Medicaid applicant must prove that funds in Joint account were contributed by other co-owner

An applicant for Medicaid to pay for nursing home care is not eligible if the available resources exceed a certain level. The regulations for New Jersey Medicaid specify how joint accounts are treated: “All funds in the account are resources to the individual, so long as he or she has unrestricted access to the funds (that is, an “or” account) regardless of their source. When the individual’s access to the account is restricted (that is, an “and” account), the CWA [caseworker] shall consider a pro rata share of the account toward the appropriate resource maximum, unless the client [applicant] and the other owner demonstrate that actual ownership of the funds is in a different proportion.” N.J..A.C 10:71-4.1(d)2.

The burden of proof is on the applicant, and since this is an administrative proceeding, the burden is the mere preponderance of the evidence. However, applicants should always be prepared to provide specific, orderly, non-hearsay evidence which has extra corroboration if possible.  Live testimony is often important. If an application is denied, the applicant can seek a Fair Hearing before the Office of Administrative Law. The Director of the NJ Division of Medical Assistance and Health Services makes the final determination and then either party can appeal to the Appellate Division.

In a recent non-precedential decision called S.M. v. Div. of Med. Assistance and Health Serv., N.J. Super. App. Div. (per curiam), the Agency had rejected an application for Medicaid benefits because of a joint bank account she owned with her son. The amount in the account was $70,000, but her resource limit for eligibility was $2,000. She claimed that $60,000 of the funds was contributed by her son when he sold his house. The Administrative Law Judge apparently found the son to lack credibility, and apparently there were gaps in the evidence. The denial was confirmed by both the Judge and the Agency director, but the Court found that this decision didn’t rest on “substantial evidence in the record” and a remand was necessary to address the unresolved gaps in the evidence. The case was remanded for further proceedings.

Moral of the story: gather ye evidence while ye may. It’s necessary to put together an orderly, strong legal case for that first administrative proceeding. This is no guarantee of success with DMAHS, which often reverses favorable ALJ decisions, but it can make for a sturdier record as the case moves through the appellate process.

Call us for advice on Medicaid eligibility and for representation in Medicaid  Fair Hearings and Appeals ……. 732-382-6070

County Medicaid Agency Backs Off – Small Business Saved

Recently, a senior client who had a very small business that he ran by himself came to see me in a panic.  He was just making ends meet. His spouse had been on Medicaid in a nursing home for several years, but the county board of social services was now questioning the nature of the business and whether it was a countable resource that should have been spent down.  They were going to  terminate the wife’s eligibility.  “How can I appeal this?” was one of his worries.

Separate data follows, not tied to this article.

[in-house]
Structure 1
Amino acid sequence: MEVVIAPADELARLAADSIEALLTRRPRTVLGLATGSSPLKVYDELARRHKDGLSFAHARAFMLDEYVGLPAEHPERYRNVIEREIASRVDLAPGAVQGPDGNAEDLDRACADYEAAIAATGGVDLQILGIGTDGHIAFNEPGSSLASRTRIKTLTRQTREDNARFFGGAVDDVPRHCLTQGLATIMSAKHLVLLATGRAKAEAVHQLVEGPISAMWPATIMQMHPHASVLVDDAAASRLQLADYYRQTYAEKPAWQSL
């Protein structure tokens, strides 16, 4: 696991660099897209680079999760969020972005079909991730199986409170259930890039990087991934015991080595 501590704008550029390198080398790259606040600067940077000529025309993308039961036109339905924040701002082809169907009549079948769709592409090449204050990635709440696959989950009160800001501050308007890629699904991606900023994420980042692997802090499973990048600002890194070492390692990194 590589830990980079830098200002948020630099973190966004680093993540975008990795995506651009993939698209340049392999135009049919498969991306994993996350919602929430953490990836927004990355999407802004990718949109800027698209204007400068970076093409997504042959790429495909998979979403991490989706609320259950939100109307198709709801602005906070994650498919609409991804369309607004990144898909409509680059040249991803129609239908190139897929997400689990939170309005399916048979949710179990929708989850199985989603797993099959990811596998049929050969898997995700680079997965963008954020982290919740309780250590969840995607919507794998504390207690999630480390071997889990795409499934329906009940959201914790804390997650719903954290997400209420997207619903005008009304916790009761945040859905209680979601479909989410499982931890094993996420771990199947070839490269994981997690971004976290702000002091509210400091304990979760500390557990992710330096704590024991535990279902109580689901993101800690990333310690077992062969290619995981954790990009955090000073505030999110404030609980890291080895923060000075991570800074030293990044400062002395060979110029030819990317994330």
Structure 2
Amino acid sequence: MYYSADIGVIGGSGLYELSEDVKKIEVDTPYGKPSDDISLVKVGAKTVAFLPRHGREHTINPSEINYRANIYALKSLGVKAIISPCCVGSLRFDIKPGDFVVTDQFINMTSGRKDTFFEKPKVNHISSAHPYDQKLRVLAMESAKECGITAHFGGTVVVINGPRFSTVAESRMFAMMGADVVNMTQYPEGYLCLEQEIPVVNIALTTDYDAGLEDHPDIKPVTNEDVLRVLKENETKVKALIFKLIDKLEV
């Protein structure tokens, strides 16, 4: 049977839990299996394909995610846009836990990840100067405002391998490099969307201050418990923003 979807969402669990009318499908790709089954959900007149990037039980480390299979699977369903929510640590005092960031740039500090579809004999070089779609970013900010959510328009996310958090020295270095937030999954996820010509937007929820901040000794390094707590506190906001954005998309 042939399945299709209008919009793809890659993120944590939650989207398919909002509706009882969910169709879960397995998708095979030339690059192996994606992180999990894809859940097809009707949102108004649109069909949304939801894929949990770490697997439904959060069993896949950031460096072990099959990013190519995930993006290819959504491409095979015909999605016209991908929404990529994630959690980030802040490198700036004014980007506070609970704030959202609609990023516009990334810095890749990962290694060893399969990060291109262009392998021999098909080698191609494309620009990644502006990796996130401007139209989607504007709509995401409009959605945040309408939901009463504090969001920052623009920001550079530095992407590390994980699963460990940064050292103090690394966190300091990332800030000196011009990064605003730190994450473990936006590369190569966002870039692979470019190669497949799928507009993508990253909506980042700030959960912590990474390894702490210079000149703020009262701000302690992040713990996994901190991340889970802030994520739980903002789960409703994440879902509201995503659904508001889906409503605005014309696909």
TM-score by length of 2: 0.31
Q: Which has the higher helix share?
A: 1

The client was distraught, but we helped him to keep a level head.  Our first step was to file for a Medicaid Fair Hearing and make sure that benefits were continued while that administrative appeal was going on. Next was getting more information about this business–did it have any other employees other than the spouse?  What equipment or real estate was owned by the business?  How were taxes handled–could we see the returns?  Did the applicant spouse have an ownership interest in the business?

Once we had this information, it looked like these business activities and the equipment associated with them would fall firmly in the category of excluded resources under the New Jersey Medicaid regulations (N.J.A.C. 10:71-4.4):

“Excludable resources (b) The following resources shall be classified as excludable:  5. Nonhome property that is used in a business or nonbusiness self-support activity that is essential to the means of self-support of an individual and/or spouse, is excluded from resources.   i. Tools, equipment or other items that are used for trade or business and required for employment, including, but not limited to, the machinery and livestock of a farmer, are assumed to be of a reasonable value and producing a reasonable rate of return and are, therefore, excluded from resources.”

Further, under the Social Security Administration interpretive publication (called the POMS), there is no value limit to property that is essential to a trade or business.  It would all be excludable as long as it is in current use. The income the business generates to a community spouse is exempt, regardless of how much.  This is true of all income of a community spouse.

Once we fully disclosed the nature of the business and how it was essential to the spouse’s self-support, the county backed off and reinstated benefits. We could then withdraw the fair hearing.  The client was relieved and thrilled.  He could get back to caring for his wife without this cloud hanging over his head!

The Medicaid regulations are a thorny thicket, but sometimes protection is available if you can just find where it is hidden in there.

If you or a spouse needs Medicaid, but you are unsure about how an active business affects this, give us a call…. 732-382-6070